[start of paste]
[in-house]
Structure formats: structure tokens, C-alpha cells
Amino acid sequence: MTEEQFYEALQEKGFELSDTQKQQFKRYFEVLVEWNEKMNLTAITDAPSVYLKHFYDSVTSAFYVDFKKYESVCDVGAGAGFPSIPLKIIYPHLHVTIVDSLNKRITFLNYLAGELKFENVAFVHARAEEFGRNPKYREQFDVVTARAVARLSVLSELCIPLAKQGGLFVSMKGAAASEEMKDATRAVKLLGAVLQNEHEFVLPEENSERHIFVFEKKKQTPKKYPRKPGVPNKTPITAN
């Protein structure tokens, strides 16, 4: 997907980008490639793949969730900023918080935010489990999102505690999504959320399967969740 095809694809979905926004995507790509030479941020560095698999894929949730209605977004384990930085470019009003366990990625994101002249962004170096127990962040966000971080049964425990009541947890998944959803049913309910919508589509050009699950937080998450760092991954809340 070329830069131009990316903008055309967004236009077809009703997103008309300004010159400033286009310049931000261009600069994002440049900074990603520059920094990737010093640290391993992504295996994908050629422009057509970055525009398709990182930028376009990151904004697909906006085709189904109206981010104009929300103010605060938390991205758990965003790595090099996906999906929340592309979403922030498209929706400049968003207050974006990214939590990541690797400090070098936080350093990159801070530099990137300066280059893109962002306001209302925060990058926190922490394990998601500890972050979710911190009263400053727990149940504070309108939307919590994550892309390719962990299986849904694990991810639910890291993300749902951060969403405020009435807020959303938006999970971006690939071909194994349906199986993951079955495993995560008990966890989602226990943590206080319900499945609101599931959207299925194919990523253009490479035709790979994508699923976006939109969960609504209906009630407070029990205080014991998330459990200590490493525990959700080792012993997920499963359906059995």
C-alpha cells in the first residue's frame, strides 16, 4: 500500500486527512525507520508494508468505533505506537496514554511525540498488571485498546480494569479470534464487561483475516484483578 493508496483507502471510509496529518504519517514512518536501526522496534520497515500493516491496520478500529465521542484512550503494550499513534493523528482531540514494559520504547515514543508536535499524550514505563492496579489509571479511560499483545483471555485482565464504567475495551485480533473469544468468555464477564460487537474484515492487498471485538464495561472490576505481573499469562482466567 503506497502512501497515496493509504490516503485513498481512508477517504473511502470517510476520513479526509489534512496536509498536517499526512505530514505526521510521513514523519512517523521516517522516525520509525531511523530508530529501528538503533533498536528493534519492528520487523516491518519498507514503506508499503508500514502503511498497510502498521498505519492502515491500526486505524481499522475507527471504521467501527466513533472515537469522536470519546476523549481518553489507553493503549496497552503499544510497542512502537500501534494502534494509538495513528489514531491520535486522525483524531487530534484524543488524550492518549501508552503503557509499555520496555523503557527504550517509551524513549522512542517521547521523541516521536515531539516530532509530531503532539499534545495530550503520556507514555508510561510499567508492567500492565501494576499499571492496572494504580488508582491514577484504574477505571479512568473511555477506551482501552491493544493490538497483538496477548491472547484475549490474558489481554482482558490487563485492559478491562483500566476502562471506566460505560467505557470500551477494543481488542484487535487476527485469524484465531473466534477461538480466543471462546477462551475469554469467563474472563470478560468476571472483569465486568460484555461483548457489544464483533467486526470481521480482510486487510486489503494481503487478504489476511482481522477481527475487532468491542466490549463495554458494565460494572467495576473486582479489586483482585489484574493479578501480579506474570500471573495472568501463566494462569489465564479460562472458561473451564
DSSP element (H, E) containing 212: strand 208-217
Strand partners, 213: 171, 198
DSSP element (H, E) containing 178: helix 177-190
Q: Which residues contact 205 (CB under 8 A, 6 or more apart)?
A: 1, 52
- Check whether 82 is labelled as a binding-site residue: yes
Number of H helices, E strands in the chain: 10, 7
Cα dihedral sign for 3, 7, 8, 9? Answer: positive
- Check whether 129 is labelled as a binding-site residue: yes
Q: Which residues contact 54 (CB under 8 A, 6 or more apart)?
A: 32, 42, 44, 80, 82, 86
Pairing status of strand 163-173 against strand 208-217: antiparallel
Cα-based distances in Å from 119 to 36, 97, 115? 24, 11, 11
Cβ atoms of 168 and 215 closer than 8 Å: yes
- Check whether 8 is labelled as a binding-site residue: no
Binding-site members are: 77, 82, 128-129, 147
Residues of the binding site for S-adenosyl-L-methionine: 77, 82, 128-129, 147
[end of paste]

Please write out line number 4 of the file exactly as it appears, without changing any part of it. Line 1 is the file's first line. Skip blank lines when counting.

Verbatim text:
């Protein structure tokens, strides 16, 4: 997907980008490639793949969730900023918080935010489990999102505690999504959320399967969740 095809694809979905926004995507790509030479941020560095698999894929949730209605977004384990930085470019009003366990990625994101002249962004170096127990962040966000971080049964425990009541947890998944959803049913309910919508589509050009699950937080998450760092991954809340 070329830069131009990316903008055309967004236009077809009703997103008309300004010159400033286009310049931000261009600069994002440049900074990603520059920094990737010093640290391993992504295996994908050629422009057509970055525009398709990182930028376009990151904004697909906006085709189904109206981010104009929300103010605060938390991205758990965003790595090099996906999906929340592309979403922030498209929706400049968003207050974006990214939590990541690797400090070098936080350093990159801070530099990137300066280059893109962002306001209302925060990058926190922490394990998601500890972050979710911190009263400053727990149940504070309108939307919590994550892309390719962990299986849904694990991810639910890291993300749902951060969403405020009435807020959303938006999970971006690939071909194994349906199986993951079955495993995560008990966890989602226990943590206080319900499945609101599931959207299925194919990523253009490479035709790979994508699923976006939109969960609504209906009630407070029990205080014991998330459990200590490493525990959700080792012993997920499963359906059995």